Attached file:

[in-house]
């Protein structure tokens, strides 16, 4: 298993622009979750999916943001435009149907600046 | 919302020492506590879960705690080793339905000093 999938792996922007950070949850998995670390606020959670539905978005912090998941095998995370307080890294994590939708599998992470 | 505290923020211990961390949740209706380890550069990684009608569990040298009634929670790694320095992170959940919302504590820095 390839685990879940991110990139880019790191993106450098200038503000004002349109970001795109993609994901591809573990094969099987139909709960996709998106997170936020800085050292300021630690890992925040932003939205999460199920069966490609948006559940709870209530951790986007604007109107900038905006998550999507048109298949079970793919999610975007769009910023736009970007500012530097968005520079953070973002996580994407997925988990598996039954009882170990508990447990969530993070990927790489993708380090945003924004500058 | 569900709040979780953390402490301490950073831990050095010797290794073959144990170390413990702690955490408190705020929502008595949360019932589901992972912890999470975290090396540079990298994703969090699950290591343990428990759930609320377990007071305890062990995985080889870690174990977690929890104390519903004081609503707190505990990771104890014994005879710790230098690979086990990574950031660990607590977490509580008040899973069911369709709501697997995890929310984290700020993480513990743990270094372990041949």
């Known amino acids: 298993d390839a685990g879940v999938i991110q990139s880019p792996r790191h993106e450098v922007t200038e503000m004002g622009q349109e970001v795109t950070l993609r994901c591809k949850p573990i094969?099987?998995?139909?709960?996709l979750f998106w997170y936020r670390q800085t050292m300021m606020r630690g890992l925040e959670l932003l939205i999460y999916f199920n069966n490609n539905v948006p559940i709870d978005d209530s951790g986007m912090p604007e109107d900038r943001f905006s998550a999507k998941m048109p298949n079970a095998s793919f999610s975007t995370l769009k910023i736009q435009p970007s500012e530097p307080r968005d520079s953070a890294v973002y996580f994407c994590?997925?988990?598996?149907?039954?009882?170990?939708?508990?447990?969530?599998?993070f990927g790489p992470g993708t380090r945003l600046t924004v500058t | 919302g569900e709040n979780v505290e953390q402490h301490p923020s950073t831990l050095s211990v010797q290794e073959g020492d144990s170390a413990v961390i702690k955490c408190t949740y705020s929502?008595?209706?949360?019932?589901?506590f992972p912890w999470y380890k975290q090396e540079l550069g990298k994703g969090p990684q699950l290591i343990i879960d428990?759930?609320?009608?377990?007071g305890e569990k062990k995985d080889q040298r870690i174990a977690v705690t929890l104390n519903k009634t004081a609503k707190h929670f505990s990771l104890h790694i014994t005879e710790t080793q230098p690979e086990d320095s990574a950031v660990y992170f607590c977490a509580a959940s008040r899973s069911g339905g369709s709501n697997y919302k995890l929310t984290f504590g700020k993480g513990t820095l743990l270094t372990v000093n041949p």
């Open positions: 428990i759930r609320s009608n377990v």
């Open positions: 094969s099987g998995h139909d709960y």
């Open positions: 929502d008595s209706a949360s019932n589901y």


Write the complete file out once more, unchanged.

[in-house]
């Protein structure tokens, strides 16, 4: 298993622009979750999916943001435009149907600046 | 919302020492506590879960705690080793339905000093 999938792996922007950070949850998995670390606020959670539905978005912090998941095998995370307080890294994590939708599998992470 | 505290923020211990961390949740209706380890550069990684009608569990040298009634929670790694320095992170959940919302504590820095 390839685990879940991110990139880019790191993106450098200038503000004002349109970001795109993609994901591809573990094969099987139909709960996709998106997170936020800085050292300021630690890992925040932003939205999460199920069966490609948006559940709870209530951790986007604007109107900038905006998550999507048109298949079970793919999610975007769009910023736009970007500012530097968005520079953070973002996580994407997925988990598996039954009882170990508990447990969530993070990927790489993708380090945003924004500058 | 569900709040979780953390402490301490950073831990050095010797290794073959144990170390413990702690955490408190705020929502008595949360019932589901992972912890999470975290090396540079990298994703969090699950290591343990428990759930609320377990007071305890062990995985080889870690174990977690929890104390519903004081609503707190505990990771104890014994005879710790230098690979086990990574950031660990607590977490509580008040899973069911369709709501697997995890929310984290700020993480513990743990270094372990041949």
């Known amino acids: 298993d390839a685990g879940v999938i991110q990139s880019p792996r790191h993106e450098v922007t200038e503000m004002g622009q349109e970001v795109t950070l993609r994901c591809k949850p573990i094969?099987?998995?139909?709960?996709l979750f998106w997170y936020r670390q800085t050292m300021m606020r630690g890992l925040e959670l932003l939205i999460y999916f199920n069966n490609n539905v948006p559940i709870d978005d209530s951790g986007m912090p604007e109107d900038r943001f905006s998550a999507k998941m048109p298949n079970a095998s793919f999610s975007t995370l769009k910023i736009q435009p970007s500012e530097p307080r968005d520079s953070a890294v973002y996580f994407c994590?997925?988990?598996?149907?039954?009882?170990?939708?508990?447990?969530?599998?993070f990927g790489p992470g993708t380090r945003l600046t924004v500058t | 919302g569900e709040n979780v505290e953390q402490h301490p923020s950073t831990l050095s211990v010797q290794e073959g020492d144990s170390a413990v961390i702690k955490c408190t949740y705020s929502?008595?209706?949360?019932?589901?506590f992972p912890w999470y380890k975290q090396e540079l550069g990298k994703g969090p990684q699950l290591i343990i879960d428990?759930?609320?009608?377990?007071g305890e569990k062990k995985d080889q040298r870690i174990a977690v705690t929890l104390n519903k009634t004081a609503k707190h929670f505990s990771l104890h790694i014994t005879e710790t080793q230098p690979e086990d320095s990574a950031v660990y992170f607590c977490a509580a959940s008040r899973s069911g339905g369709s709501n697997y919302k995890l929310t984290f504590g700020k993480g513990t820095l743990l270094t372990v000093n041949p």
């Open positions: 428990i759930r609320s009608n377990v």
């Open positions: 094969s099987g998995h139909d709960y």
């Open positions: 929502d008595s209706a949360s019932n589901y």